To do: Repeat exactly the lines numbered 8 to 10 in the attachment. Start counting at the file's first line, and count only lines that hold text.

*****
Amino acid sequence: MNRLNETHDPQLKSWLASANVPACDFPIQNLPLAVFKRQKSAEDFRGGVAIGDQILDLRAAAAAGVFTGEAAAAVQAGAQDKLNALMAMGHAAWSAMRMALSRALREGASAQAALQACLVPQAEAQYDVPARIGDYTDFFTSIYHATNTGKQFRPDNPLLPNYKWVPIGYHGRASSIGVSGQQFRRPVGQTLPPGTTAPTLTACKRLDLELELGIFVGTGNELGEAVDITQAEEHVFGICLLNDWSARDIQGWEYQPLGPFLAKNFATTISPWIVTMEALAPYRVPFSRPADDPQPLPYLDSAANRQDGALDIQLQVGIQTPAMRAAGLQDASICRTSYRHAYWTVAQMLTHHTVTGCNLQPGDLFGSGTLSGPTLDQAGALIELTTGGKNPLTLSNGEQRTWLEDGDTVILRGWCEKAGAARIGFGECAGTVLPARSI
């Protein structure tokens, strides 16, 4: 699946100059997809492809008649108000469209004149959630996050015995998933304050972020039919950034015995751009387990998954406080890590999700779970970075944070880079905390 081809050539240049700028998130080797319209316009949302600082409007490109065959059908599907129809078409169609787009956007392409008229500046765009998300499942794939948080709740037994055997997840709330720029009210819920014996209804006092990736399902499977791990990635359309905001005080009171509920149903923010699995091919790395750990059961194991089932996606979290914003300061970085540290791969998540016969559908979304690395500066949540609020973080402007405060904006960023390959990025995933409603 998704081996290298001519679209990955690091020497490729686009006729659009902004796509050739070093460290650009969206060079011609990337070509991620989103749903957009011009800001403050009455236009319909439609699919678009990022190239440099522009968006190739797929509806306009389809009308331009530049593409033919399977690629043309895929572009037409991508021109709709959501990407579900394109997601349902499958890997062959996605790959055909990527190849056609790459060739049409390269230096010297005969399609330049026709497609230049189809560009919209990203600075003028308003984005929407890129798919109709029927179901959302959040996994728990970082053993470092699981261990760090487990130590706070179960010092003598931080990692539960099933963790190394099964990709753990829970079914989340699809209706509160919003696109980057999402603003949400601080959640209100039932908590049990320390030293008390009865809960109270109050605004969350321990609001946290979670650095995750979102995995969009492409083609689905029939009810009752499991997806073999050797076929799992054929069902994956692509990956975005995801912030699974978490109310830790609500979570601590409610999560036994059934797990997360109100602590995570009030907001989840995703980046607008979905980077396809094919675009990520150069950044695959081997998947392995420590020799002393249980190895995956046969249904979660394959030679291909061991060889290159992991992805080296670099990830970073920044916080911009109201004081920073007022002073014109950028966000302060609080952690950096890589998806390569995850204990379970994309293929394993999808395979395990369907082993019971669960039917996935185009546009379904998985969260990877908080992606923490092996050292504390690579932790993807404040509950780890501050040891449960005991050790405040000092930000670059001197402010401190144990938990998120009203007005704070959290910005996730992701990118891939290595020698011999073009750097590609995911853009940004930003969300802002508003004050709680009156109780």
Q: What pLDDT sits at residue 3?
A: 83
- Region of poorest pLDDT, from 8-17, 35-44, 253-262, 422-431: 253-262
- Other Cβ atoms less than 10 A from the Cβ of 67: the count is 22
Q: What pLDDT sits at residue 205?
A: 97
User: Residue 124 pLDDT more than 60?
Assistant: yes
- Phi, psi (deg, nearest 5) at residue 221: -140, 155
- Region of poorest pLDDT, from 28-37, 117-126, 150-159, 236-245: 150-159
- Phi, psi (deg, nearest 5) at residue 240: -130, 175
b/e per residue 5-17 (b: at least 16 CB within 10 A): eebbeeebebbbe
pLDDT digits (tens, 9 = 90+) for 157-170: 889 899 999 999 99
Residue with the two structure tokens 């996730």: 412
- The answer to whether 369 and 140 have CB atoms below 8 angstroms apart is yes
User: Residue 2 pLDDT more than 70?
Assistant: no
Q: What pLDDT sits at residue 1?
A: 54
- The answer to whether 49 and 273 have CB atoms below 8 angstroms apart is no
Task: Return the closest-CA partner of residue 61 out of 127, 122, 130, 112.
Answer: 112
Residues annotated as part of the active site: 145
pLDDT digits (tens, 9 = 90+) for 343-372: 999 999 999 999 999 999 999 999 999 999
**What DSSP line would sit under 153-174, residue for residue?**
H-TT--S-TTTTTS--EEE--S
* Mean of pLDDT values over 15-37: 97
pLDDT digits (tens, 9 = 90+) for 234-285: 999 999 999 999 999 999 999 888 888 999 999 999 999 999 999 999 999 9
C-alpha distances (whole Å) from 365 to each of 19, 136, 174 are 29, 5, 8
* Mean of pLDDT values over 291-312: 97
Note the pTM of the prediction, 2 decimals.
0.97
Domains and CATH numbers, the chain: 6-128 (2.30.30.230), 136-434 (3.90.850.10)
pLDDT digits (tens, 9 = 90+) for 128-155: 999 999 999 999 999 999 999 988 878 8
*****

A: 97
User: Residue 124 pLDDT more than 60?
Assistant: yes